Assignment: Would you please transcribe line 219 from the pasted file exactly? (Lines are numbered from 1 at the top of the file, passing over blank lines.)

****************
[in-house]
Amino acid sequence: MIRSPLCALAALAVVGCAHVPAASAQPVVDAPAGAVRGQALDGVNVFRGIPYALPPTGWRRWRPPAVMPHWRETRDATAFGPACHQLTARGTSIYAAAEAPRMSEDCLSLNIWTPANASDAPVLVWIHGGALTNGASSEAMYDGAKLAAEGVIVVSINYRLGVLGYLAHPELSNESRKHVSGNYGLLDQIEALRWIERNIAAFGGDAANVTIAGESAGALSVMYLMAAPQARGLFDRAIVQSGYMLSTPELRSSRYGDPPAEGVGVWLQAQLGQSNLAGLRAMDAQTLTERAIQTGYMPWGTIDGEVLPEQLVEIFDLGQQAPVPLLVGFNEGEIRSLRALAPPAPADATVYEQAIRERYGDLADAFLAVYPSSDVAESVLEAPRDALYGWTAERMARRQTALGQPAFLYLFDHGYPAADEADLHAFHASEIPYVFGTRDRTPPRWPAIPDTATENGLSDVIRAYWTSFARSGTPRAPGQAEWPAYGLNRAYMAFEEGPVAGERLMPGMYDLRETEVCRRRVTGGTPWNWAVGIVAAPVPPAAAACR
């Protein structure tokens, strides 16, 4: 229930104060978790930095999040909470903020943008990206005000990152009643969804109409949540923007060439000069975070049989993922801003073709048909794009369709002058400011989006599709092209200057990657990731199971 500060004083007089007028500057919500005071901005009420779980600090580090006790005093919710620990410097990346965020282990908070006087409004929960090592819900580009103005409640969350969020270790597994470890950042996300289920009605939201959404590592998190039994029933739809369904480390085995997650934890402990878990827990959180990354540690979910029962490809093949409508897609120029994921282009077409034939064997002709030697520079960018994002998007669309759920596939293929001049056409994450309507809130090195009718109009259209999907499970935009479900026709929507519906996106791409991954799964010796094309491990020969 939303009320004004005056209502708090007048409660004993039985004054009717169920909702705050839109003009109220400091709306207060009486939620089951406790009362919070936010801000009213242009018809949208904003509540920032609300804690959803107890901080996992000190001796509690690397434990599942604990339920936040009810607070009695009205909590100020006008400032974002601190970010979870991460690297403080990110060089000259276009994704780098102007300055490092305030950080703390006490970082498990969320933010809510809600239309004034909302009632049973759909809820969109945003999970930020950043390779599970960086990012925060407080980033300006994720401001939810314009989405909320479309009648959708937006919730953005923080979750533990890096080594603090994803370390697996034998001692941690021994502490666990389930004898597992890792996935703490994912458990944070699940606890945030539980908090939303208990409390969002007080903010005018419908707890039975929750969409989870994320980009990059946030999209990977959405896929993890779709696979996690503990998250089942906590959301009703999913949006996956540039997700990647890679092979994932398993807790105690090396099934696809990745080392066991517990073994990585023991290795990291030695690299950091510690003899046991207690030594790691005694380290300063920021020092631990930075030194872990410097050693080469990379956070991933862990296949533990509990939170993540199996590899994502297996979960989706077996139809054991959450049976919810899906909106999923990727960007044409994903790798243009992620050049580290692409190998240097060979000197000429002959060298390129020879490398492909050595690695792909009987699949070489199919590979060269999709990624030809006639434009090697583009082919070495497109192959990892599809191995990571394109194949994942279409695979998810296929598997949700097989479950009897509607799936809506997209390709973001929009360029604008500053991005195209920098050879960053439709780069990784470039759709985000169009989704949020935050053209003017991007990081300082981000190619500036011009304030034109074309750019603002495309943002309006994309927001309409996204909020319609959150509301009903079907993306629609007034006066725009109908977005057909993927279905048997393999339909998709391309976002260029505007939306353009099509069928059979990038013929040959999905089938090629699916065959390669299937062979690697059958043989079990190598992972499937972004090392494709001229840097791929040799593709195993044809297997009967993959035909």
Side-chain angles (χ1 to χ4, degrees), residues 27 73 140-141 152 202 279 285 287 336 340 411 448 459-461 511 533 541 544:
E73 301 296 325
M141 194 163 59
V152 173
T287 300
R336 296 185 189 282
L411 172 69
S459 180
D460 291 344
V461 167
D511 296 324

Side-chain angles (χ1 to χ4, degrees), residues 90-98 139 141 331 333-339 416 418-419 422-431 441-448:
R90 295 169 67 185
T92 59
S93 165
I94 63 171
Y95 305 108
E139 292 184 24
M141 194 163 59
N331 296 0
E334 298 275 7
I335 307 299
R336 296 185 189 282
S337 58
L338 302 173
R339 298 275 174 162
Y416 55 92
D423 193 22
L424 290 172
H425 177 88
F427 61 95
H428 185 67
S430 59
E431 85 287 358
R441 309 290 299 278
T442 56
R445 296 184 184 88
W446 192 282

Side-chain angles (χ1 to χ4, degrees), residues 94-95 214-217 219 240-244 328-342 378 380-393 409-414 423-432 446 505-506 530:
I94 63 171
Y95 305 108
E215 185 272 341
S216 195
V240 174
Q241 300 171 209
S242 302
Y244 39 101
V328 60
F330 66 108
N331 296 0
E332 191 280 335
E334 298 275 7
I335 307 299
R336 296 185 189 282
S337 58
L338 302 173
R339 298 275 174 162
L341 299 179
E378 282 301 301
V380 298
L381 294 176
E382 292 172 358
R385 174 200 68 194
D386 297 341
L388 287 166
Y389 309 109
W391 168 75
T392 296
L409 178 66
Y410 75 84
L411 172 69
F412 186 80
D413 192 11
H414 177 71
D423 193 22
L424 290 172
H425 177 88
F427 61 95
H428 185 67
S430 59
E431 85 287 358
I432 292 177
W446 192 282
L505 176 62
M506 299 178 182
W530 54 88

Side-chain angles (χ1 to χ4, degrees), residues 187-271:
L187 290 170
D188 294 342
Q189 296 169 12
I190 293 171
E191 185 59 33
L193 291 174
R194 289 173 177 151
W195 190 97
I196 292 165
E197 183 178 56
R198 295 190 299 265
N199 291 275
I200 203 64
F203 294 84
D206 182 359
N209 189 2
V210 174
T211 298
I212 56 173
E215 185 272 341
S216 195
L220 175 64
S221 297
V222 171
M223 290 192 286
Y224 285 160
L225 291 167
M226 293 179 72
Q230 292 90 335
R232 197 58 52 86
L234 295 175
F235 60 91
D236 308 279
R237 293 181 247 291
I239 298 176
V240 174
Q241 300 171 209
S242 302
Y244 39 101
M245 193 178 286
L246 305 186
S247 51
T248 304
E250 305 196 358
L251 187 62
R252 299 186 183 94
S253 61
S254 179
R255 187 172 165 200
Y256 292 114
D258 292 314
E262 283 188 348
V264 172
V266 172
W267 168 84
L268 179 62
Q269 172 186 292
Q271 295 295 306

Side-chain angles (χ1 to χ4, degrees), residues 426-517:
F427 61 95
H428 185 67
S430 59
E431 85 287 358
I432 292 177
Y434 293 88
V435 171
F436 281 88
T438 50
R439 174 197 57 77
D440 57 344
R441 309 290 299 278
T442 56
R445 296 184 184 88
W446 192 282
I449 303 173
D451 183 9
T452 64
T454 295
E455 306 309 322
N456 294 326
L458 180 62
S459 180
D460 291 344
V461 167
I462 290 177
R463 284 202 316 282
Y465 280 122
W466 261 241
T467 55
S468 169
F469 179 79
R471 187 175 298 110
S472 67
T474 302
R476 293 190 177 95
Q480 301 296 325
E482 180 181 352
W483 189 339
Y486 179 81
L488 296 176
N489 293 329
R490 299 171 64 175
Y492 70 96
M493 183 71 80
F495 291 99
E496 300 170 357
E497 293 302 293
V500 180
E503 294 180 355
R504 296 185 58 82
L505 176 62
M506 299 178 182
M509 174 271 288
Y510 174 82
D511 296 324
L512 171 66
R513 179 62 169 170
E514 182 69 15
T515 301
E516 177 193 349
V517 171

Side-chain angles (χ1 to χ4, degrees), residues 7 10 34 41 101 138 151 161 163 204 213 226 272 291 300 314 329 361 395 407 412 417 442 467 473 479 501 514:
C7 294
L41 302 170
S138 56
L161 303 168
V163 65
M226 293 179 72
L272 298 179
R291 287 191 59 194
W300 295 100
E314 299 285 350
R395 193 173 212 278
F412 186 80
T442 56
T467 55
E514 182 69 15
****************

L272 298 179